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Monterrey Institute of Technology and Higher Education

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Title: Monterrey Institute of Technology and Higher Education  
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Language: English
Subject: Monterrey Institute of Technology and Higher Education, Chihuahua, Monterrey Institute of Technology and Higher Education, Colima, Monterrey Institute of Technology and Higher Education, Cuernavaca, Monterrey Institute of Technology and Higher Education, Guadalajara, Monterrey Institute of Technology and Higher Education, Morelia
Collection: Consortium for North American Higher Education Collaboration, Educational Institutions Established in 1943, Monterrey Institute of Technology and Higher Education, Private Universities and Colleges in Mexico, Universities and Colleges Accredited by the Southern Association of Colleges and Schools
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Monterrey Institute of Technology and Higher Education

Monterrey Institute of Technology and Higher Education
Instituto Tecnológico y de Estudios Superiores de Monterrey
Official seal
Established 6 September 1943 [1]
Type Private
President Salvador Alva Gómez
Rector David Noel Ramírez Padilla
Academic staff 8,567 (2010)[2]
Students 90,173 (2010)[2]
Undergraduates 49,498 (2010)[2]
Postgraduates 17,136 (2010)[2]
Location Monterrey, Nuevo León, Mexico
Campus 31 across Mexico; mostly urban [3]
Colors White and blue          
Athletics Borregos Salvajes (Rams)
Affiliations SACS, APRU, Universitas 21, ECIU, ANUIES, CUDI, FIMPES
ITESM logo
High school students account for the difference between its total number of students and the sum of graduate and undergraduate students.

The Monterrey Institute of Technology and Higher Education (in Spanish: Instituto Tecnológico y de Estudios Superiores de Monterrey, ITESM) commonly shortened as Monterrey Institute of Technology (Tecnológico de Monterrey) or Monterrey Tech (Tec de Monterrey) is one of the largest private, nonsectarian and coeducational multi-campus universities in Latin America with over 90,000 students at the high school, undergraduate, and postgraduate levels.[2]

Based in Monterrey, Mexico, the Institute has 31 campuses in 25 cities throughout the country[3] and is known for becoming the first university ever connected to the Internet in Latin America[4] and the Spanish-speaking world,[5][nb 1] having one of the top graduate business schools in the region[6] and being one of the leaders in patent applications among Mexican universities.[7]


  • History 1
    • Early years 1.1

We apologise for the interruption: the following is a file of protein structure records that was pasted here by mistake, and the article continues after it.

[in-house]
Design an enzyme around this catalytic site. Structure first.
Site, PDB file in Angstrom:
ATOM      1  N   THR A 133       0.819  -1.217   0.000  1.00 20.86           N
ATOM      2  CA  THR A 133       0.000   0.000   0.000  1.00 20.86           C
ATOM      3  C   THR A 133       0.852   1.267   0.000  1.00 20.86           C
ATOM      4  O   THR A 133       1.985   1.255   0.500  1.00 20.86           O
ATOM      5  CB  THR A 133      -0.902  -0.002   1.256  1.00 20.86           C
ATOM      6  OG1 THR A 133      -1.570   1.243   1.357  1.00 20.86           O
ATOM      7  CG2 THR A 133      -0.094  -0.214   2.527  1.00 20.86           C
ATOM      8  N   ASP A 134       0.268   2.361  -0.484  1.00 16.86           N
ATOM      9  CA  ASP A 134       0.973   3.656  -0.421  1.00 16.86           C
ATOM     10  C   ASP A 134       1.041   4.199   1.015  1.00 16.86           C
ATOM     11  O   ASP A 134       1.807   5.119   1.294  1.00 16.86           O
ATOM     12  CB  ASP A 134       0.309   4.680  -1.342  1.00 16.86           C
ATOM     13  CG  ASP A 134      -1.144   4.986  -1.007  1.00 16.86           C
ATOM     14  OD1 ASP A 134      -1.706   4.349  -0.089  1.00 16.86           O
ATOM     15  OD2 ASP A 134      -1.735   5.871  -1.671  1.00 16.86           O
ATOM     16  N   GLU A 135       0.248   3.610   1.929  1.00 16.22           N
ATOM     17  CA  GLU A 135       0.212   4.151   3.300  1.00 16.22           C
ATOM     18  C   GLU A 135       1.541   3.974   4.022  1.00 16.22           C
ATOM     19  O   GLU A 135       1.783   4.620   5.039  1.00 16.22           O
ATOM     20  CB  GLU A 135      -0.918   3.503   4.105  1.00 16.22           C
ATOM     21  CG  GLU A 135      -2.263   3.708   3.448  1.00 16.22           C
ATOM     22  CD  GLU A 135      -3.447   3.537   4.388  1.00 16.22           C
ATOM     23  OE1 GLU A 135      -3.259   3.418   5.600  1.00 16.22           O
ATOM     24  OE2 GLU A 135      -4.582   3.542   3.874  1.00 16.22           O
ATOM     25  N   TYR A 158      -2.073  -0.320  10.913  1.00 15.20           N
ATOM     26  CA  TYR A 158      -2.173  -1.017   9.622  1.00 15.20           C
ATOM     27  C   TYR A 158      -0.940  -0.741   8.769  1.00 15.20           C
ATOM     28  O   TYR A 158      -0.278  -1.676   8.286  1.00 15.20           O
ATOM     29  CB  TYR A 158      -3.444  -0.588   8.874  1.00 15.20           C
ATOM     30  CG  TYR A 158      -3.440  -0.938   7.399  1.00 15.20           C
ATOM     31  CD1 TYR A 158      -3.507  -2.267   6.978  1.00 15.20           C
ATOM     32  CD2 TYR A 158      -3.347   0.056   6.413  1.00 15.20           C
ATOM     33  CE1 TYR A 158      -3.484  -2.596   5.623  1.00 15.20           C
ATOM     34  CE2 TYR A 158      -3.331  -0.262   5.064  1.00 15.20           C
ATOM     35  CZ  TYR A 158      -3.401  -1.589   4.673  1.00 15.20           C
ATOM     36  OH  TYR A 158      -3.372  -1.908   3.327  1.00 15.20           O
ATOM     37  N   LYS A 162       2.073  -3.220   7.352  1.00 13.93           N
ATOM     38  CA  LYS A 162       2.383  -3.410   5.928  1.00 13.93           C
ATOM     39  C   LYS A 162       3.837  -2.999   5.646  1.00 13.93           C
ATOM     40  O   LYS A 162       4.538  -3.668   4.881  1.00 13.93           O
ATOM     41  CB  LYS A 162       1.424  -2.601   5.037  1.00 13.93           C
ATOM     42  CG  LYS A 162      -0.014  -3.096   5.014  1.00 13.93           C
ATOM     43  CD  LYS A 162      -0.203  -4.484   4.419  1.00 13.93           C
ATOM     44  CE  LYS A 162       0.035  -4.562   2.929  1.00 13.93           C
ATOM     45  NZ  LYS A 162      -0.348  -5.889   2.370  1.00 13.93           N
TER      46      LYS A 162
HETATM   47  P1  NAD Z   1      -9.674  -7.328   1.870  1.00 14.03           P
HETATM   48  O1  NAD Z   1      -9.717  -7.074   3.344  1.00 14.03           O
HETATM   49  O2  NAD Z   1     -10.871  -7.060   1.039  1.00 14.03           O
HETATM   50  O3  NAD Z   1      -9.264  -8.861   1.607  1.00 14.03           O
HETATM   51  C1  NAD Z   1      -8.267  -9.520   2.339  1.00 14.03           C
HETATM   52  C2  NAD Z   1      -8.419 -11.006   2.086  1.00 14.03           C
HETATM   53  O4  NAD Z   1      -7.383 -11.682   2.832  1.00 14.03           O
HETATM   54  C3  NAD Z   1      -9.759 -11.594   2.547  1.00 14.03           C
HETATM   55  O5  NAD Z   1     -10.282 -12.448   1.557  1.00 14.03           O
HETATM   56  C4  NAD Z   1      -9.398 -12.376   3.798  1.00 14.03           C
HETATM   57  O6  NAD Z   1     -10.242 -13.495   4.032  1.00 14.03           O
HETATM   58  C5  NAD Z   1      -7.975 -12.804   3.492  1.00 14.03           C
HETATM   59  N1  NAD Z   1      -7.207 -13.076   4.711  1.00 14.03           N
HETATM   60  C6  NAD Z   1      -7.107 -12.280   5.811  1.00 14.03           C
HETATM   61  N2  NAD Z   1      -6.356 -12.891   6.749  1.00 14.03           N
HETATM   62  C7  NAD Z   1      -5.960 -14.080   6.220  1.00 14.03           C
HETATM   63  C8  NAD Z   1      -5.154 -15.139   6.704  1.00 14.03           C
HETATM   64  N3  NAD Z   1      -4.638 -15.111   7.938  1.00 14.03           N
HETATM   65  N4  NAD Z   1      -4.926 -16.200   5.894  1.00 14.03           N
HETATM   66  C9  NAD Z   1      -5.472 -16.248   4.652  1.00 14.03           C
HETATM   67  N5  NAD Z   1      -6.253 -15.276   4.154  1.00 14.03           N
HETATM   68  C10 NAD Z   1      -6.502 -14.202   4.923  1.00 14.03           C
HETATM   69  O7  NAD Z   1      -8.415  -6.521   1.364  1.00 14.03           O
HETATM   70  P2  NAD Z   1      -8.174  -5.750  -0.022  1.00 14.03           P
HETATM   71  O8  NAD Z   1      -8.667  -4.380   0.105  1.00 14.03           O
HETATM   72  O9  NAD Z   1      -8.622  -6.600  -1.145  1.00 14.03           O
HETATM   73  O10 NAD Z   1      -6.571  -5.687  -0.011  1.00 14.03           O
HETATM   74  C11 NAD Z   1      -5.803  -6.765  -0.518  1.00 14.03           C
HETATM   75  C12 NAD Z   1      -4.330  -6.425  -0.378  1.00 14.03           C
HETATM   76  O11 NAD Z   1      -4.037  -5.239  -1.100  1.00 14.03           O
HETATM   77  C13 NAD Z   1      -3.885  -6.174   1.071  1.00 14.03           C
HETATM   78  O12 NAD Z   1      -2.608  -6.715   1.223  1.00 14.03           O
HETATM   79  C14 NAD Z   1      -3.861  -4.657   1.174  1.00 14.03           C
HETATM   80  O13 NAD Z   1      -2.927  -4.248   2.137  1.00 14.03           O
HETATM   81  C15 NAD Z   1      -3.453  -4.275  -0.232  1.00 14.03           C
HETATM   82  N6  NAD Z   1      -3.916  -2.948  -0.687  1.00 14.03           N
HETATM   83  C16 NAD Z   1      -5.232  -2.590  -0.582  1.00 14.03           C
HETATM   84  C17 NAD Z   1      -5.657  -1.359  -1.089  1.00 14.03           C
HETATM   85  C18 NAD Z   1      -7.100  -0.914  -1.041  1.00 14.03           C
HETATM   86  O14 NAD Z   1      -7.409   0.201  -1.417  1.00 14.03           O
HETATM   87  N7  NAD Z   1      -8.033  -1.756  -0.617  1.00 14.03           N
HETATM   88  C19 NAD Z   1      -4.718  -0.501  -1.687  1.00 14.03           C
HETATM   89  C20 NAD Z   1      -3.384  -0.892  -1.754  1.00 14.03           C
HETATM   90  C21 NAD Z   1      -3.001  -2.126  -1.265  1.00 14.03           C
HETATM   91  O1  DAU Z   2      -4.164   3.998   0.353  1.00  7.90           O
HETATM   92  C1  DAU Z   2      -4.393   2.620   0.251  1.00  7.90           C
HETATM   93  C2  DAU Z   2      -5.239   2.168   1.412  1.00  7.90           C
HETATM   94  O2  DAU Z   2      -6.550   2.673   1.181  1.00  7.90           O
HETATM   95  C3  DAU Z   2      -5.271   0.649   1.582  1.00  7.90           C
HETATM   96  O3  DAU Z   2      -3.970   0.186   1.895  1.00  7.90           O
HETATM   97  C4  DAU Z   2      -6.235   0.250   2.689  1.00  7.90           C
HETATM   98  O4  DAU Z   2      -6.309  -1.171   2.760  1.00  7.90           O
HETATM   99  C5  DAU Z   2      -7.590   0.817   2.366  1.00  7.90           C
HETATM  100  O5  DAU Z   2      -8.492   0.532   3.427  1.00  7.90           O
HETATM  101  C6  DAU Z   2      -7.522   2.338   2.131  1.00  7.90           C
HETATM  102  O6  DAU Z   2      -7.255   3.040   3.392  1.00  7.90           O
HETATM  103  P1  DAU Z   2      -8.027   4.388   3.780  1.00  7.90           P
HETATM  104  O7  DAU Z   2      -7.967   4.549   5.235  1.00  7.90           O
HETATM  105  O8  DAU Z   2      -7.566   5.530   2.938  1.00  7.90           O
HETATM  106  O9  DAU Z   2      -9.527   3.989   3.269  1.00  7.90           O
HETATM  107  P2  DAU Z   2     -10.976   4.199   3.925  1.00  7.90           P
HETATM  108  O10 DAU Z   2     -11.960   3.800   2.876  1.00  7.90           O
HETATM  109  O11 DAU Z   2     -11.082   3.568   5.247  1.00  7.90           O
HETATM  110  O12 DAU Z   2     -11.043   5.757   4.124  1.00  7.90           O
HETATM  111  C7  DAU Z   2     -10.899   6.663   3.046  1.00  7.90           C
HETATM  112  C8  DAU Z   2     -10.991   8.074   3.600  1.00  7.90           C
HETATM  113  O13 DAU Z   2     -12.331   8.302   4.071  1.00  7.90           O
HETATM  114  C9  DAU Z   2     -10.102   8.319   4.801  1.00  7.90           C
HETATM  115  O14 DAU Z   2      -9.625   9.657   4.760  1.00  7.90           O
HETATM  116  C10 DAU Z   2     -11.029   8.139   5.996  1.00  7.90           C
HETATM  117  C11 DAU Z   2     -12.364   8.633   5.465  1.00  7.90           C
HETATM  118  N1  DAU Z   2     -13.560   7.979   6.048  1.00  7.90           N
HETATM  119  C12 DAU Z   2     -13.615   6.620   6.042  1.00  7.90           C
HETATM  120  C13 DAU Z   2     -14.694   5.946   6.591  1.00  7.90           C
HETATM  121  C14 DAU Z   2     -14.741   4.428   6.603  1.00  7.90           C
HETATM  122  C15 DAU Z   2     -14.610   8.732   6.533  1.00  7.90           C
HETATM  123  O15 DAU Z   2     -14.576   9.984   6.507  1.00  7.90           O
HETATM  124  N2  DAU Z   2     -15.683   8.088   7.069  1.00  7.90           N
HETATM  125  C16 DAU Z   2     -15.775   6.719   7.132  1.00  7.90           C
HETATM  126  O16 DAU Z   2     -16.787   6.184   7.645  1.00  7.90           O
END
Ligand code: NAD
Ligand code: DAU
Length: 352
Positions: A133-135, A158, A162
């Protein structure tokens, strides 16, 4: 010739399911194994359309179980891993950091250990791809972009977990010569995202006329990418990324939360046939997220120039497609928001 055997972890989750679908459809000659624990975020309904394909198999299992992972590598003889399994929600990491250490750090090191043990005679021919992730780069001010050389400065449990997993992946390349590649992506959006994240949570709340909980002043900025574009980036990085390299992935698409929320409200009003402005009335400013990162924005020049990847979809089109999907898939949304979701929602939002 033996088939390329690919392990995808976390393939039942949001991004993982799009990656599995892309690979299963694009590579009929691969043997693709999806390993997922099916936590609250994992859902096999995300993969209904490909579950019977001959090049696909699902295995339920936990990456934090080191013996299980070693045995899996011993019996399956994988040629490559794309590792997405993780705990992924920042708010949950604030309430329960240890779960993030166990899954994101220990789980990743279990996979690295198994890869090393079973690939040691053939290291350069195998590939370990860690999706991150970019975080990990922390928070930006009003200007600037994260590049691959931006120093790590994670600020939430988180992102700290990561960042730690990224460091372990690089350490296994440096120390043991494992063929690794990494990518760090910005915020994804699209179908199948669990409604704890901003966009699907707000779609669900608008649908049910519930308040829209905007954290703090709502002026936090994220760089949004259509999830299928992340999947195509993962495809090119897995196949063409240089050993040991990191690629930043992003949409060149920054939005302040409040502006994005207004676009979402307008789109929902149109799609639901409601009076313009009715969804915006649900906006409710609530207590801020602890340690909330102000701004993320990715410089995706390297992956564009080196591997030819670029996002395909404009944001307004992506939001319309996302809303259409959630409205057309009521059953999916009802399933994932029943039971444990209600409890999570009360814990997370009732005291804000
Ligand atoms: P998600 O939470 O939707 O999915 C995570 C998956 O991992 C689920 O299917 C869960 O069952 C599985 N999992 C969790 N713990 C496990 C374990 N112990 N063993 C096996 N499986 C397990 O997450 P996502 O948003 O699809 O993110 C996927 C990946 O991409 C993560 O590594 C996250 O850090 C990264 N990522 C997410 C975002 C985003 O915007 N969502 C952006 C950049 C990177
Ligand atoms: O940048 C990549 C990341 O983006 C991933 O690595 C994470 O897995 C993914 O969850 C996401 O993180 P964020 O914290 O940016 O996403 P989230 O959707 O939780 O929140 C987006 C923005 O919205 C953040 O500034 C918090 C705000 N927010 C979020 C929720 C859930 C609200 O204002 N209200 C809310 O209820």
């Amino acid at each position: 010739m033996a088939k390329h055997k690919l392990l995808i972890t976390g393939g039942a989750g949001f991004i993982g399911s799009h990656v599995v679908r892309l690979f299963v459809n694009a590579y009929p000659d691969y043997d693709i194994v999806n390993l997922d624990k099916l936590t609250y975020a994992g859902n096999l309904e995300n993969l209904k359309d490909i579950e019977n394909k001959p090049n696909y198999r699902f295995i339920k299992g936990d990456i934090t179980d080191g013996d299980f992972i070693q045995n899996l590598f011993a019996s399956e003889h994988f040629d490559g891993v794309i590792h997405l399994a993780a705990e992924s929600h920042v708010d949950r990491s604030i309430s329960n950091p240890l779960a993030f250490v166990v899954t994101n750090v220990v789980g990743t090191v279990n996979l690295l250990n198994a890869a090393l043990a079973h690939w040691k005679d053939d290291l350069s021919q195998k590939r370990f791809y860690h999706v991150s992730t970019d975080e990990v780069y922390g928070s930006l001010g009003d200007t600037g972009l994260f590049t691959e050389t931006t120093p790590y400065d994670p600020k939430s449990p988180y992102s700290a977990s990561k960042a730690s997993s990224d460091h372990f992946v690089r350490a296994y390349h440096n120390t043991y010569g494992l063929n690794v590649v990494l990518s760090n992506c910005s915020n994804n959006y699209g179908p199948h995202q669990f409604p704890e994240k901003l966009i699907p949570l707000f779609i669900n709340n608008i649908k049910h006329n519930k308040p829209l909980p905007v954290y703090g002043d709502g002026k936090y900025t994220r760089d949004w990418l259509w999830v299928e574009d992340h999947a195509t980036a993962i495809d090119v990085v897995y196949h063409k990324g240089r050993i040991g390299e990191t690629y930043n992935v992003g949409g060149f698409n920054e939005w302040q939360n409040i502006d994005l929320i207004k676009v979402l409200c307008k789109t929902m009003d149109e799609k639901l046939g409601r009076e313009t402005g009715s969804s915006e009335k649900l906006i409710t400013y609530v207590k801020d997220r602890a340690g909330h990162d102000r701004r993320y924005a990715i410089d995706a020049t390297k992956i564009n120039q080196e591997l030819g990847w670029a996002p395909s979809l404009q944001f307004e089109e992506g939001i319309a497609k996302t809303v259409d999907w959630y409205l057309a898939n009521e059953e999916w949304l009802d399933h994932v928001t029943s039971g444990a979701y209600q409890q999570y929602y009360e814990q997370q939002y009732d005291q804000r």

• Expansion 1.2
  • Campuses 2
    • Campuses by region 2.1
    • Other infrastructure 2.2
  • Organization 3
    • High schools 3.1
  • Academics 4
    • Admissions 4.1
    • Accreditations 4.2
    • Academic memberships 4.3
    • Faculty 4.4
    • Libraries 4.5
    • Rankings 4.6
    • Joint programs and international partnerships 4.7
  • Research 5
  • Student life 6
    • Athletics 6.1
  • Noted people 7
  • Notes 8
  • References 9
  • See also 10


Early years

The Institute was founded on 6 September 1943 by a group of local businessmen led by León Ávalos y Vez, an MIT alumnus and then director-general of the School of Electrical and Mechanical Engineering of the National Polytechnic Institute, who designed its first academic programs and served as its first director-general.[9]

In its early years the Institute operated at Abasolo 858 Oriente in a large, two-story house located a block and a half away from Zaragoza Square, behind the city's Metropolitan Cathedral.[9] As these facilities soon proved to be insufficient, it started renting out adjacent buildings and by 1945 it became apparent that a university campus was necessary. For that reason, a master plan was commissioned to Enrique de la Mora and on 3 February 1947 what would later be known as its Monterrey Campus was inaugurated by Mexican President Miguel Alemán Valdés.[1]

Because the operations of the local companies were highly reliant on U.S. markets, investments, and technology; internationalization became one of its earliest priorities. In 1950 it became the first foreign university in history to be accredited by the Southern Association of Colleges and Schools (SACS),[10] one of the six regional accreditation agencies recognized by the United States Department of Education. Its foreign accreditation would end up being a decisive influence in its development, as it was forced to submit itself to external evaluation earlier than most Mexican universities (1967)[10] and unlocked additional sources of revenue, such as tuition funds from foreign students interested in taking summer courses in Mexico for full-academic credit.[10]


The Eugenio Garza Sada Memorial honors the Institute's chief founder and promoter at the Monterrey Campus

Its growth outside the city of Monterrey began in the late-1960s, when both its

List of Monterrey Institute of Technology and Higher Education faculty List of Monterrey Institute of Technology and Higher Education alumni

See also

  1. ^ a b c Elizondo Elizondo, Ricardo (1993). El Tecnológico de Monterrey: Relación de 50 años (in Spanish). Tecnológico de Monterrey.  
  2. ^ a b c d e f g h i j k l m n o "Datos y cifras" (in Spanish). Tecnológico de Monterrey. May 2010. Retrieved 2010-07-25.